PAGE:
6. दृग्दशयनशक्त्योयेकात्मतेवाणस्मता ॥ ६॥


Egoism is the identification of the seer with the instrument of seeing. The seer is really the Self, the pure one, the ever holy, the infinite, the immortal. That is the Self of man. And what are the instruments? The Chitta, or mind-stuff, the Buddhi, determinative faculty, the Manas, or mind, and the Indriyani, or sense organs. These are the instruments for him to see the external world, and the identification of the Self with the instruments is what is called the ignorance of egoism. We say “I am the mind, I am thought; I am angry, or I am happy.” How can we be angry, and how can we hate? We should identify ourselves with the Self; that cannot change. If it is unchangeable, how can it be one moment happy, and one moment unhappy? It is formless, infinite, omnipresent. What can change it? Beyond all law. What can affect it? Nothing in the universe can produce an effect on it, yet, through ignorance, we identify ourselves with the mind-stuff, and think we feel pleasure or pain.

7. सुखानुशमी याग् ॥ ७॥

sukhanushayi raagah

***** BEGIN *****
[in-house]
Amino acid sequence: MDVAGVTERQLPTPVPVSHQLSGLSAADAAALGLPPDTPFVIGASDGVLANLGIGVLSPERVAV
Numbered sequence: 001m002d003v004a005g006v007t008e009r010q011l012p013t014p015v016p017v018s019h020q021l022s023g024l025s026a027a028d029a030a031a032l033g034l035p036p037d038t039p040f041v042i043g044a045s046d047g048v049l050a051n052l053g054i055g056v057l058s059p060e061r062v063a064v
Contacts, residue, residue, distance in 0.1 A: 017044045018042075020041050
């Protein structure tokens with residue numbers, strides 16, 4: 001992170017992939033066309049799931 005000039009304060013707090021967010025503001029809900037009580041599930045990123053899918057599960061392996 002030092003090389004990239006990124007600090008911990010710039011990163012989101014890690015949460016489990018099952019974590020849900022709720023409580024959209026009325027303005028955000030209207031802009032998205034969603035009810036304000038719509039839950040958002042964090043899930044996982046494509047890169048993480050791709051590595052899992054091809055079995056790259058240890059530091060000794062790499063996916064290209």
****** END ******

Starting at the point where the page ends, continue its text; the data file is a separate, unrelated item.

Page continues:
Attachment is that which dwells on pleasure. We find pleasure in certain things, and the mind, like a current, flows towards them, and that, following the pleasure centre, as it were, is attachment. We are never attached to anyone in whom we do not find pleasure. We find pleasure in very queer things sometimes, but the definition is just the same; wherever we find pleasure, there we are attached.

8. दु्खानुशमी िेष् ॥ ८॥

duhkhanushayi dveshah

Aversion is that which dwells on pain. That, which gives us pain we immediately seek to get away from.

9. स्वयसवाही णवदुषोऽणऩ तथारूढोऽणबणनवेश् ॥ ९॥

svarasavahi vidushopi tatharoodho bhiniveshah

Flowing through its own nature, and established even in the learned, is the clinging to life. This clinging to life you see manifested in every animal, and upon it many attempts have been made to build the theory of a future life, because men like their lives so much that they desire a future life also. Of course it goes without saying that this argument is without much value, but the most curious part of it is that, in Western Countries, the idea that this clinging to life indicates a possibility of a future life applies only to men, but does not include animals. In India this clinging to life has been one of the arguments to prove past experience and existence. For instance, if it be true that all our knowledge has come from experience, then it is sure that that which we never experienced we cannot imagine, or understand. In the language of the Yogi, instinct is involved reason. Discrimination becomes involved, and gets to be automatic Samskaras. Therefore it is perfectly logical to think that all we call instinct in this world is simply involved reason. As reason cannot come without experience, all instinct is, therefore, the result of past experience. Chickens fear the hawk, and ducklings love the water, and these are both the result of past experience, and these are both the result of past experience.